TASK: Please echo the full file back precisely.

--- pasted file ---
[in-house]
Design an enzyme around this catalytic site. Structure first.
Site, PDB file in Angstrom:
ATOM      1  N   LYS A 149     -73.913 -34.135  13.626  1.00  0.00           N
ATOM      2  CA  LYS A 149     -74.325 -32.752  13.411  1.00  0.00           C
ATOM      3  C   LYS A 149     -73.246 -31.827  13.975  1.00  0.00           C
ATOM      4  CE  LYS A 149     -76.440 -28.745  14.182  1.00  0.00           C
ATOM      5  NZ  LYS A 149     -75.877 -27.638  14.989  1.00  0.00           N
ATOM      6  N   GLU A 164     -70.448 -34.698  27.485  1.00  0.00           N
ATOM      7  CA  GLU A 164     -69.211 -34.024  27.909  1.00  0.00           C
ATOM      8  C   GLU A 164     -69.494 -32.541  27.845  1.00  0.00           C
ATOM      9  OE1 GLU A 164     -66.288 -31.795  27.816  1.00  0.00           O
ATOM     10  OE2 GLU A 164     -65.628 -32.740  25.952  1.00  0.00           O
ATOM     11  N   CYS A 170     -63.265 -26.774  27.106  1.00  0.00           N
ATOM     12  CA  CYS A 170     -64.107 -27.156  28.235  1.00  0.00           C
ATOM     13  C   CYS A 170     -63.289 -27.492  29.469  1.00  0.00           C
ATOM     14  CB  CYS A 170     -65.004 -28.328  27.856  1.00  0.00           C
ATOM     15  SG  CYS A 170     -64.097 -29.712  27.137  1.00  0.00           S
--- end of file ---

[in-house]
Design an enzyme around this catalytic site. Structure first.
Site, PDB file in Angstrom:
ATOM      1  N   LYS A 149     -73.913 -34.135  13.626  1.00  0.00           N
ATOM      2  CA  LYS A 149     -74.325 -32.752  13.411  1.00  0.00           C
ATOM      3  C   LYS A 149     -73.246 -31.827  13.975  1.00  0.00           C
ATOM      4  CE  LYS A 149     -76.440 -28.745  14.182  1.00  0.00           C
ATOM      5  NZ  LYS A 149     -75.877 -27.638  14.989  1.00  0.00           N
ATOM      6  N   GLU A 164     -70.448 -34.698  27.485  1.00  0.00           N
ATOM      7  CA  GLU A 164     -69.211 -34.024  27.909  1.00  0.00           C
ATOM      8  C   GLU A 164     -69.494 -32.541  27.845  1.00  0.00           C
ATOM      9  OE1 GLU A 164     -66.288 -31.795  27.816  1.00  0.00           O
ATOM     10  OE2 GLU A 164     -65.628 -32.740  25.952  1.00  0.00           O
ATOM     11  N   CYS A 170     -63.265 -26.774  27.106  1.00  0.00           N
ATOM     12  CA  CYS A 170     -64.107 -27.156  28.235  1.00  0.00           C
ATOM     13  C   CYS A 170     -63.289 -27.492  29.469  1.00  0.00           C
ATOM     14  CB  CYS A 170     -65.004 -28.328  27.856  1.00  0.00           C
ATOM     15  SG  CYS A 170     -64.097 -29.712  27.137  1.00  0.00           S